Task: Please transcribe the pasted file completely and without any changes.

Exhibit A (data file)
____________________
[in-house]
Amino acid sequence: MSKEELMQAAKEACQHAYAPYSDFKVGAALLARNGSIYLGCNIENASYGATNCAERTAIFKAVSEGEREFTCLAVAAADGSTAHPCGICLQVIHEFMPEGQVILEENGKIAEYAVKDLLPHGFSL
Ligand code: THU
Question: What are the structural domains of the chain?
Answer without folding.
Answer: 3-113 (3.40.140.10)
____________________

[in-house]
Amino acid sequence: MSKEELMQAAKEACQHAYAPYSDFKVGAALLARNGSIYLGCNIENASYGATNCAERTAIFKAVSEGEREFTCLAVAAADGSTAHPCGICLQVIHEFMPEGQVILEENGKIAEYAVKDLLPHGFSL
Ligand code: THU
Question: What are the structural domains of the chain?
Answer without folding.
Answer: 3-113 (3.40.140.10)